By 1911, the family had moved to Wirral where the census shows that Hugh was age 13 and was a pupil at the Lees School, Hoylake. Hugh’s family lived at “Belgrano”, Graham Road, West Kirby and the Census shows that Harold was age 44 and was a ship owner and ship broker, Frances was 37, and she and Harold had been married for 14 years and had 3 children, all of whom were still living. Hugh’s sisters were both at home, Margaret was 9 and still in school and Florence was 5. The family now had four servants, 28 year old Emily Smith was the nursery governess born in Rock Ferry, 28 year old Margaret Florence Davies was a sick nurse born in Towyn, Merionethshire, 32 year old Mary Catherine Williams was the cook born in Cefn Mawr, Flintshire, and 19 year old Gertrude Lloyd was a general servant born in Liverpool.
Hugh was a cadet in the Officers’ Training Corps and attached to the 16th battalion, Kings (Liverpool Regiment) based at West Kirby. Due to the very young age when he died, it is unlikely that any service records or medal card ever existed. He was killed in a motor cycle accident in West Kirby, and the Liverpool Echo of 15th February 1915 details the results of the Coroner’s Inquest.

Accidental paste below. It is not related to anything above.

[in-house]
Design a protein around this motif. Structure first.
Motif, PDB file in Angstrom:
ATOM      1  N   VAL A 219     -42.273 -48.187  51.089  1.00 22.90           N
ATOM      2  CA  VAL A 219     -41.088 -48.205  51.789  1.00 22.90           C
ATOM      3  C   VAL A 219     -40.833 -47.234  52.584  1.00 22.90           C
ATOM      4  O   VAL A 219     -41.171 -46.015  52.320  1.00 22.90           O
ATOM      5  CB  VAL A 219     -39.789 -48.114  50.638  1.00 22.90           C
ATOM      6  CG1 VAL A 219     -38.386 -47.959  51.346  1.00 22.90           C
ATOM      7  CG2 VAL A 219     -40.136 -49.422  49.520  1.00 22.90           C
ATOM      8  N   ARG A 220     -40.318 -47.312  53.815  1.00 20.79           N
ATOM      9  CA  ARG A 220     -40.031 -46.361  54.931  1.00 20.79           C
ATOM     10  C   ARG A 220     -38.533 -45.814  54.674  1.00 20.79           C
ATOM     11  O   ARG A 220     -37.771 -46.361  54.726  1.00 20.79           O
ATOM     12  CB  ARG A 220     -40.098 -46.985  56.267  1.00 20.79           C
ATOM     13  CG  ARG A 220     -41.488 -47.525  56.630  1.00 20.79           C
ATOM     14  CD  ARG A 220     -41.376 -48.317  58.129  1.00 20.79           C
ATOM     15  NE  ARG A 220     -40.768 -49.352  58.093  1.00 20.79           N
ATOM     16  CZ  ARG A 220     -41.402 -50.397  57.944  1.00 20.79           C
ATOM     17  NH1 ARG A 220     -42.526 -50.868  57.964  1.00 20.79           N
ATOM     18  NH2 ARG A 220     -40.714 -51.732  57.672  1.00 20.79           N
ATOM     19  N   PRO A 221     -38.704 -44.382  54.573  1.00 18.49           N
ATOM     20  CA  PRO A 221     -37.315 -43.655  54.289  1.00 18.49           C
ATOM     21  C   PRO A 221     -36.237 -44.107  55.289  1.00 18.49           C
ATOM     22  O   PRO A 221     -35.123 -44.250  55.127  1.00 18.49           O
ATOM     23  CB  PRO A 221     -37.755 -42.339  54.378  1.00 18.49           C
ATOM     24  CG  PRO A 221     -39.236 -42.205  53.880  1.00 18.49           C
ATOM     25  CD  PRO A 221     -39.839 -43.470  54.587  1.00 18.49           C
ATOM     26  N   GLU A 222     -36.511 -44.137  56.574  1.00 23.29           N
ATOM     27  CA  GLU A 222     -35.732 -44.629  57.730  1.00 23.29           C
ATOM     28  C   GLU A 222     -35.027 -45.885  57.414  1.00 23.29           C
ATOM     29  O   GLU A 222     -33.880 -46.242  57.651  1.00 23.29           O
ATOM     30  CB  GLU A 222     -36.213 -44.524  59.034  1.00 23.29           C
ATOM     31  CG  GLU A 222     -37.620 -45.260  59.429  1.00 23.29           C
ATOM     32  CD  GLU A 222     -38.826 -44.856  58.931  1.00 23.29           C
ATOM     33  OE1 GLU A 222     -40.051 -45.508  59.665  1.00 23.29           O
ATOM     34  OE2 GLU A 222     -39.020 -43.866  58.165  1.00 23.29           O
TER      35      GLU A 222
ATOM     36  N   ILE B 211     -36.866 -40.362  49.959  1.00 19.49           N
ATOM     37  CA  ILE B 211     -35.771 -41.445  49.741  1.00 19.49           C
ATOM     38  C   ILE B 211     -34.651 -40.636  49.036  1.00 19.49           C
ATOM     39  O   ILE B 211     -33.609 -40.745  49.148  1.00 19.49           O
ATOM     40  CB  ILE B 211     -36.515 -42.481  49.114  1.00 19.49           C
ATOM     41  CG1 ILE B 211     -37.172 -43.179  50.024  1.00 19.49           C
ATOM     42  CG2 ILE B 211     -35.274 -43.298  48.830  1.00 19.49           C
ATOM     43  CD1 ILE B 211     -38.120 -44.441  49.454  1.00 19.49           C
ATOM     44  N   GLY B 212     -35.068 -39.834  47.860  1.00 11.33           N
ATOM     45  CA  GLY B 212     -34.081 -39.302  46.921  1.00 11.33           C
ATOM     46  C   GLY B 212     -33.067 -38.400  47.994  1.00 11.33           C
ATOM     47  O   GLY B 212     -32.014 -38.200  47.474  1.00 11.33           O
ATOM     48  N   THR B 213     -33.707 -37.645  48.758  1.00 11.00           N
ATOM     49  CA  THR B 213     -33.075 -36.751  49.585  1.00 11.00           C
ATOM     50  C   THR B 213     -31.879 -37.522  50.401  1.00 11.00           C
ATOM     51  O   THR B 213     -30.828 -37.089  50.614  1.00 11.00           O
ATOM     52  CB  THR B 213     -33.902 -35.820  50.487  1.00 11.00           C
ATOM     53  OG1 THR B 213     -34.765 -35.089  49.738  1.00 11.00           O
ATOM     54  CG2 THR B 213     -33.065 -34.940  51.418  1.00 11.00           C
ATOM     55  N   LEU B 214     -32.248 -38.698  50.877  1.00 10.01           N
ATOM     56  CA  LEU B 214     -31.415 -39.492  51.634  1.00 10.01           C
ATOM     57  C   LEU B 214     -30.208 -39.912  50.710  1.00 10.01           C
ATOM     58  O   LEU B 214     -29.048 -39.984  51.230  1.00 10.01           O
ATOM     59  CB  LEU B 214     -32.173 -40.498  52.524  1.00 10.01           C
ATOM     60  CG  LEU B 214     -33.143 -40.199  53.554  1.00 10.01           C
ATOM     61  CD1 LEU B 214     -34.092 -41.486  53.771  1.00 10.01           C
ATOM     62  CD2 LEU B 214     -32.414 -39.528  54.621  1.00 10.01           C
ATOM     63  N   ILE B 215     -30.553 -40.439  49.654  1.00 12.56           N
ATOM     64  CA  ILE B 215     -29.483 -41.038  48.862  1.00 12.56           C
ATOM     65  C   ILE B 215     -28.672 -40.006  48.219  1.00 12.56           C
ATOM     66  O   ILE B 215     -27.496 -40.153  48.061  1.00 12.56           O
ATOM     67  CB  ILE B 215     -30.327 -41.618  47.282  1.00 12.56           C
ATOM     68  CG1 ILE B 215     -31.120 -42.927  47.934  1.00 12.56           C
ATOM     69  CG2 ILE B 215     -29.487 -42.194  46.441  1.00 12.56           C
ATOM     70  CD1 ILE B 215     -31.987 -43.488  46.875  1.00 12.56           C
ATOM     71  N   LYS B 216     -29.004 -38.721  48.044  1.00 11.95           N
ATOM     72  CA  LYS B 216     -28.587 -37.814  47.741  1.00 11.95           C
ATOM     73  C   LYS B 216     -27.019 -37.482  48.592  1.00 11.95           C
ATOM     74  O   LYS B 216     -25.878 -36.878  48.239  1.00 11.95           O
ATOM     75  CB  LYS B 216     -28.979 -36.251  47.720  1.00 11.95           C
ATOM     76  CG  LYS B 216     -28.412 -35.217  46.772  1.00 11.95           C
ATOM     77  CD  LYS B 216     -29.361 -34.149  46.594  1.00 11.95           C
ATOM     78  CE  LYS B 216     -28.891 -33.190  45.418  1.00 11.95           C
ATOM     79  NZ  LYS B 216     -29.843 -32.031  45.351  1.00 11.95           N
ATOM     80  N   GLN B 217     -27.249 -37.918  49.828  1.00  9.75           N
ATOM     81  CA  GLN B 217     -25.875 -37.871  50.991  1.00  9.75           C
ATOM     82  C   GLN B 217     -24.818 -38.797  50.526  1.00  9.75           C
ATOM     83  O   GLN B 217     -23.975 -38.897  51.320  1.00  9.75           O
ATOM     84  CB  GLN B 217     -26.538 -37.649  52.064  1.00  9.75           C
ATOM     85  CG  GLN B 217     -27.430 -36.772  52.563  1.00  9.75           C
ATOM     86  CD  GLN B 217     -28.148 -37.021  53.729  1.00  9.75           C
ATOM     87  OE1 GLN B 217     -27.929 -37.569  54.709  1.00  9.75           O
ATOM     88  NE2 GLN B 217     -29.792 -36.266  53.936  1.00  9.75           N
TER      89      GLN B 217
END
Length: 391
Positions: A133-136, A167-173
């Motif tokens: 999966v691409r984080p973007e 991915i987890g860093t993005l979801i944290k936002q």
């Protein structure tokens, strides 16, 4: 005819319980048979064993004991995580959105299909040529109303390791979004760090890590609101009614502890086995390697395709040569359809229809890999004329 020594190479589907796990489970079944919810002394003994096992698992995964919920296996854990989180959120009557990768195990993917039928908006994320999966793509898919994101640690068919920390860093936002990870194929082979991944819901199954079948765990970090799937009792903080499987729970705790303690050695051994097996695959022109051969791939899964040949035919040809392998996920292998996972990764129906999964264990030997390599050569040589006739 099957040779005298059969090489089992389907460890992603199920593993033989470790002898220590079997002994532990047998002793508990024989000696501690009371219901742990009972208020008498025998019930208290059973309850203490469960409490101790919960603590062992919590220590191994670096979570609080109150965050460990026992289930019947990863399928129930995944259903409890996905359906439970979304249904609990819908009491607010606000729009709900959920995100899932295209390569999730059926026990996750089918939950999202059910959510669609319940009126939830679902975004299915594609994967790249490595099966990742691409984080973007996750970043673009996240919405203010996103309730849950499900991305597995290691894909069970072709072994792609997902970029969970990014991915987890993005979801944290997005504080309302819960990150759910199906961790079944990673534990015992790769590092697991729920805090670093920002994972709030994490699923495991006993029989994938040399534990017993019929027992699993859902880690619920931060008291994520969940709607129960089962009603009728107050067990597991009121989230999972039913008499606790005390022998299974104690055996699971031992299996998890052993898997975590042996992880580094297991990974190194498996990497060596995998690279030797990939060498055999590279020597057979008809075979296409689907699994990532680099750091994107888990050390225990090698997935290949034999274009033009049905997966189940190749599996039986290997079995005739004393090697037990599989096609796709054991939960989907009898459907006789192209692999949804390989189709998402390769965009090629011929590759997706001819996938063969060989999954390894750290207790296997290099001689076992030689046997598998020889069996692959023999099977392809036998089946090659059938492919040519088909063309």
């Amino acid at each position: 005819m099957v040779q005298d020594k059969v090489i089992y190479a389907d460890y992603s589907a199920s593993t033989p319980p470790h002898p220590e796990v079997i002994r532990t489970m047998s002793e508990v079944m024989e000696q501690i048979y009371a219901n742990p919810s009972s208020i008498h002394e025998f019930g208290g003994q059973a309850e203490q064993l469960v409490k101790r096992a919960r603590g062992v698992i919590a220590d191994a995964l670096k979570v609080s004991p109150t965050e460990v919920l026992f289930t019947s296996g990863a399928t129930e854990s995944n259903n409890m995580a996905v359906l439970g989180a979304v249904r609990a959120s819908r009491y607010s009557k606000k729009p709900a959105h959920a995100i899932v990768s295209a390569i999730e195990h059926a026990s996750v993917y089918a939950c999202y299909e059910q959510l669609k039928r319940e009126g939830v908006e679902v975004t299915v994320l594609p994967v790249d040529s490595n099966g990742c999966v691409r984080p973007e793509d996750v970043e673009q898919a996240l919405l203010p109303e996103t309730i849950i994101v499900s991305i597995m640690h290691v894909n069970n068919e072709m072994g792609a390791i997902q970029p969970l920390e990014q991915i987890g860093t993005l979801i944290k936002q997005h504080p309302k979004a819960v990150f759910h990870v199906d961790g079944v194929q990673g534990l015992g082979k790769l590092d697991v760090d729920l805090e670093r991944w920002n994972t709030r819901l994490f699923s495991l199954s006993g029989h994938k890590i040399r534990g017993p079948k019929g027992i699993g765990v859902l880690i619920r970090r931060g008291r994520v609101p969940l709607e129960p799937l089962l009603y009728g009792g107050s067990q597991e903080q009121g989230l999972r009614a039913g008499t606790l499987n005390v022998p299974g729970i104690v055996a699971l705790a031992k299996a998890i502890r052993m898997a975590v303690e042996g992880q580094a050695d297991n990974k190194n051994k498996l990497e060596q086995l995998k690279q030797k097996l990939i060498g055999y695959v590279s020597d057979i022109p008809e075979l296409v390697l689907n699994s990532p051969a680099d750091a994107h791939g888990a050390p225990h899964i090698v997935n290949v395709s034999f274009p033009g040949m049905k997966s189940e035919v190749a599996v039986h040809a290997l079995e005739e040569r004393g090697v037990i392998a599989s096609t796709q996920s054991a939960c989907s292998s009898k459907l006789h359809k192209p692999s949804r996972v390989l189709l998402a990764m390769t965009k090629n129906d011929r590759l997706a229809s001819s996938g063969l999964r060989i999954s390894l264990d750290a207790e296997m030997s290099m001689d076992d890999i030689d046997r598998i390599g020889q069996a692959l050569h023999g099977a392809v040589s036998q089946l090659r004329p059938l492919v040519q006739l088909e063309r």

The Liverpool Echo dated 17th February 1915 reveals that Hugh received a military funeral on 17th February 1915 and was to be interred at West Kirby.
Birth: 25th May 1897 Toxteth Park
Death: 13th February 1915 age 17
Address: 34 Marmion Road, Toxteth Park (01), The Lees School, Hoylake (11), “Belgrano”, Graham Road, West Kirby (11 *Parents), The White House, Meols Drive, Hoylake (15) Occupation: None
Unit: attached to 16th Bn Kings (Liverpool Regiment)
Number and Rank: Cadet
Commemorated and Buried: H, WK
Sources: BR, PR, LE, Census: 01, 11